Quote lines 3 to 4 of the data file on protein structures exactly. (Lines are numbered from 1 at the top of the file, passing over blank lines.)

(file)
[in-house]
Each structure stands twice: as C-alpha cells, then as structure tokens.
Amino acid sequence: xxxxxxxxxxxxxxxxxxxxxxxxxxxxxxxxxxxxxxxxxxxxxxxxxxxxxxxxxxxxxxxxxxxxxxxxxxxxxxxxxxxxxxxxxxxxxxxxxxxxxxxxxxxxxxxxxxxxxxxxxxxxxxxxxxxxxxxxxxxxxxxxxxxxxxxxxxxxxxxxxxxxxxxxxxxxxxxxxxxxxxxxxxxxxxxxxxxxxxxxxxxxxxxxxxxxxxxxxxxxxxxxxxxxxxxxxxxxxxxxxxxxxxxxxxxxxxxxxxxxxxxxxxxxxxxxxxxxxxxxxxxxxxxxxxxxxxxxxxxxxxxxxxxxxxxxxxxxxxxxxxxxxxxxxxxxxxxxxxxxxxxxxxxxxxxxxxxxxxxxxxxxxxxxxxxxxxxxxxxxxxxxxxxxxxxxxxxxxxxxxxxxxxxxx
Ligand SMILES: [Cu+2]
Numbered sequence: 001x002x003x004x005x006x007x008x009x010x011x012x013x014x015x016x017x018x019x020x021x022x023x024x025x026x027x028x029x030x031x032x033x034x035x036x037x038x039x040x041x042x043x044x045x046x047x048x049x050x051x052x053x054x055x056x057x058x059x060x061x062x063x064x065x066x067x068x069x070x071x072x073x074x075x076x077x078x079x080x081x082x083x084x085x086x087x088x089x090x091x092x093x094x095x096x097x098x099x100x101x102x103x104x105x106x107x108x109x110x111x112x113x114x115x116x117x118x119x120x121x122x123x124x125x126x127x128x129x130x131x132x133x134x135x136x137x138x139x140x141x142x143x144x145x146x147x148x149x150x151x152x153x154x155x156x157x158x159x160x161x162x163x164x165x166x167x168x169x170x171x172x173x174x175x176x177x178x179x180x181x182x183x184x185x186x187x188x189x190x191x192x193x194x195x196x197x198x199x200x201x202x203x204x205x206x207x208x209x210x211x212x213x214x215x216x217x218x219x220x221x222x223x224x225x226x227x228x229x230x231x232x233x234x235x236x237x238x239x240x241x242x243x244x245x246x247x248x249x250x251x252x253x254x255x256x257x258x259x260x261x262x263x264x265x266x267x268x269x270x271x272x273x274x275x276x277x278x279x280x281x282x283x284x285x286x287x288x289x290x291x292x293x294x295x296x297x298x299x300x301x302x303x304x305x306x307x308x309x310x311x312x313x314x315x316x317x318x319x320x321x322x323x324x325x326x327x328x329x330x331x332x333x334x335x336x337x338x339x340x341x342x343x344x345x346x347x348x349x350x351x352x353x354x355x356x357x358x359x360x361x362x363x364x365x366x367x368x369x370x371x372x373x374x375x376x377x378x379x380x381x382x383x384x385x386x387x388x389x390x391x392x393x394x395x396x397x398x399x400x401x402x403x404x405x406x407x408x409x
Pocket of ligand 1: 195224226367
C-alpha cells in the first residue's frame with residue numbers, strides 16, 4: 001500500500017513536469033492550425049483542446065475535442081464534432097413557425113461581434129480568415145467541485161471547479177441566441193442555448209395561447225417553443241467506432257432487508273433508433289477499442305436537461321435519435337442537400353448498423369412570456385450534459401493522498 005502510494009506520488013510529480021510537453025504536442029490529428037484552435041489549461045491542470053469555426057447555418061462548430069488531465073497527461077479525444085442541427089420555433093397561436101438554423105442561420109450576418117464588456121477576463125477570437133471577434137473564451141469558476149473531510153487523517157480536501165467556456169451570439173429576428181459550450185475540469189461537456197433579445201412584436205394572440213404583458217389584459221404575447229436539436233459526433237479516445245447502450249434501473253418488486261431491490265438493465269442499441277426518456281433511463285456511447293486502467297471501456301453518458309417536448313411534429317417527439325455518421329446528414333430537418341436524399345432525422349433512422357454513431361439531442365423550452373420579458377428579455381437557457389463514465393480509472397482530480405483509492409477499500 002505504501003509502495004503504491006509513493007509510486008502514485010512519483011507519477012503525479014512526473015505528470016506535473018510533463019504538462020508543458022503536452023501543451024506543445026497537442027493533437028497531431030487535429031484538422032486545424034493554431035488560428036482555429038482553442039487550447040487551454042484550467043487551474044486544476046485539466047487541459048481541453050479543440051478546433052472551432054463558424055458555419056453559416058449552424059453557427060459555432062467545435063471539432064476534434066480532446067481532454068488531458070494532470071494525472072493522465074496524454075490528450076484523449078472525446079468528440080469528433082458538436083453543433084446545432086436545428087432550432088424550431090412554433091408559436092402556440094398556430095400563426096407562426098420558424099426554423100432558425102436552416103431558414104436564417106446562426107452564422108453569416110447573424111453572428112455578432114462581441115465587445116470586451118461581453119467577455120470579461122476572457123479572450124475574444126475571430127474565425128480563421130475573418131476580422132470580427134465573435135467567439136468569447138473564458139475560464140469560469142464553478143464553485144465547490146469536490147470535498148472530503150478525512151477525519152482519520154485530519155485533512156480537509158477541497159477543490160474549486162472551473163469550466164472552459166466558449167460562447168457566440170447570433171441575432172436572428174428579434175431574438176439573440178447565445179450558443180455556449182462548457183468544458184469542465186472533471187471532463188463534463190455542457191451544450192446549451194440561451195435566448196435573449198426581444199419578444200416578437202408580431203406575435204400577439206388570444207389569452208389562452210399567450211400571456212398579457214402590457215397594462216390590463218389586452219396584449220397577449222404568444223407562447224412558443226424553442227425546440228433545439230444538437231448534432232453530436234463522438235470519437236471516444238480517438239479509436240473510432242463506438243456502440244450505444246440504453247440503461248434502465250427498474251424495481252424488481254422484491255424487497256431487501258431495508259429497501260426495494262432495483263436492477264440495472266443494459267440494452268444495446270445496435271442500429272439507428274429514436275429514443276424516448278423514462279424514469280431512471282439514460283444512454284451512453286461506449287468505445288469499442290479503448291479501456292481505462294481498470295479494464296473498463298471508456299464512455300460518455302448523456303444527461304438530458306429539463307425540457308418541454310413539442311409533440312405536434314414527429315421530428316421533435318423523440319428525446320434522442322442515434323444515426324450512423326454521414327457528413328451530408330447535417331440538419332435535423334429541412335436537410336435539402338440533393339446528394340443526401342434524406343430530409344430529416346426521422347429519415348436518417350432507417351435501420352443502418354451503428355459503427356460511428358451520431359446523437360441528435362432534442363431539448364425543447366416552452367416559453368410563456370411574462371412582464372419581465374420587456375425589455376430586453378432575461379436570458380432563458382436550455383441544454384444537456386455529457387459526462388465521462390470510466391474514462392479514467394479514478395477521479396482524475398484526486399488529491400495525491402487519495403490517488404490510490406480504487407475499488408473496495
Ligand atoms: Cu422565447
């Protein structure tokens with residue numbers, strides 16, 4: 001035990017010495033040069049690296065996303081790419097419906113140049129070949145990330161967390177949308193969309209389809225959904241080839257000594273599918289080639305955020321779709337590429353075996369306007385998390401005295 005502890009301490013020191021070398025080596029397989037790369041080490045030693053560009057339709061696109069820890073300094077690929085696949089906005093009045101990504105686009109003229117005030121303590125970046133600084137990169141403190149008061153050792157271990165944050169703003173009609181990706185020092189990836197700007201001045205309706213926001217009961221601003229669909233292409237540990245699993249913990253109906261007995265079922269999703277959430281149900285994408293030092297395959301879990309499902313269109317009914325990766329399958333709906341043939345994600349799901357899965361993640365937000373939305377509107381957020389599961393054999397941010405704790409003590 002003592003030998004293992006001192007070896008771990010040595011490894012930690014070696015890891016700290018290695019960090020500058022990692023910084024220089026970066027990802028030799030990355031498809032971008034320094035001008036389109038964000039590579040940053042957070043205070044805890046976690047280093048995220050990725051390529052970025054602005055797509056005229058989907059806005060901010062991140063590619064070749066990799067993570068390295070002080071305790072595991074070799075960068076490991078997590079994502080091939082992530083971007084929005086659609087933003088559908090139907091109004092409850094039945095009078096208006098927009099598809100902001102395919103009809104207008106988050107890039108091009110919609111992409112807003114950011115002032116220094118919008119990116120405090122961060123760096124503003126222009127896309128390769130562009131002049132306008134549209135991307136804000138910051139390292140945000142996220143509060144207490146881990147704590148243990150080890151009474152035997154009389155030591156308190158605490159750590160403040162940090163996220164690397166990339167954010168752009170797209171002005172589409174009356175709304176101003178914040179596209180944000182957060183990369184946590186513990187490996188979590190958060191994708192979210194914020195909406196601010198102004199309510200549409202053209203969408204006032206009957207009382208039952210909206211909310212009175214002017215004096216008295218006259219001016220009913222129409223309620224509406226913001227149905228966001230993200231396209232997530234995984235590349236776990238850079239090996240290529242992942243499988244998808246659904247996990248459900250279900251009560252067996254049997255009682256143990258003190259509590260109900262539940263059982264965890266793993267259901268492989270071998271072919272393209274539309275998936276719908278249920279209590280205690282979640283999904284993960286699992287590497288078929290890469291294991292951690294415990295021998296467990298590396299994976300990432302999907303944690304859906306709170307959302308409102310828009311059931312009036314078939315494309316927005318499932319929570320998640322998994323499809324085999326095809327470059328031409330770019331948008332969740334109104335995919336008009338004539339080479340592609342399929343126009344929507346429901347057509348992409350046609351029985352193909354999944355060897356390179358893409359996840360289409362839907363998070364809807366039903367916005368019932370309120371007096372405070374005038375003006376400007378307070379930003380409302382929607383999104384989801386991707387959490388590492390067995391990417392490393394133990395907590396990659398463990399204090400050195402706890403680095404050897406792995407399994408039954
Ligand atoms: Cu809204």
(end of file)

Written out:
Amino acid sequence: xxxxxxxxxxxxxxxxxxxxxxxxxxxxxxxxxxxxxxxxxxxxxxxxxxxxxxxxxxxxxxxxxxxxxxxxxxxxxxxxxxxxxxxxxxxxxxxxxxxxxxxxxxxxxxxxxxxxxxxxxxxxxxxxxxxxxxxxxxxxxxxxxxxxxxxxxxxxxxxxxxxxxxxxxxxxxxxxxxxxxxxxxxxxxxxxxxxxxxxxxxxxxxxxxxxxxxxxxxxxxxxxxxxxxxxxxxxxxxxxxxxxxxxxxxxxxxxxxxxxxxxxxxxxxxxxxxxxxxxxxxxxxxxxxxxxxxxxxxxxxxxxxxxxxxxxxxxxxxxxxxxxxxxxxxxxxxxxxxxxxxxxxxxxxxxxxxxxxxxxxxxxxxxxxxxxxxxxxxxxxxxxxxxxxxxxxxxxxxxxxxxxxxxxx
Ligand SMILES: [Cu+2]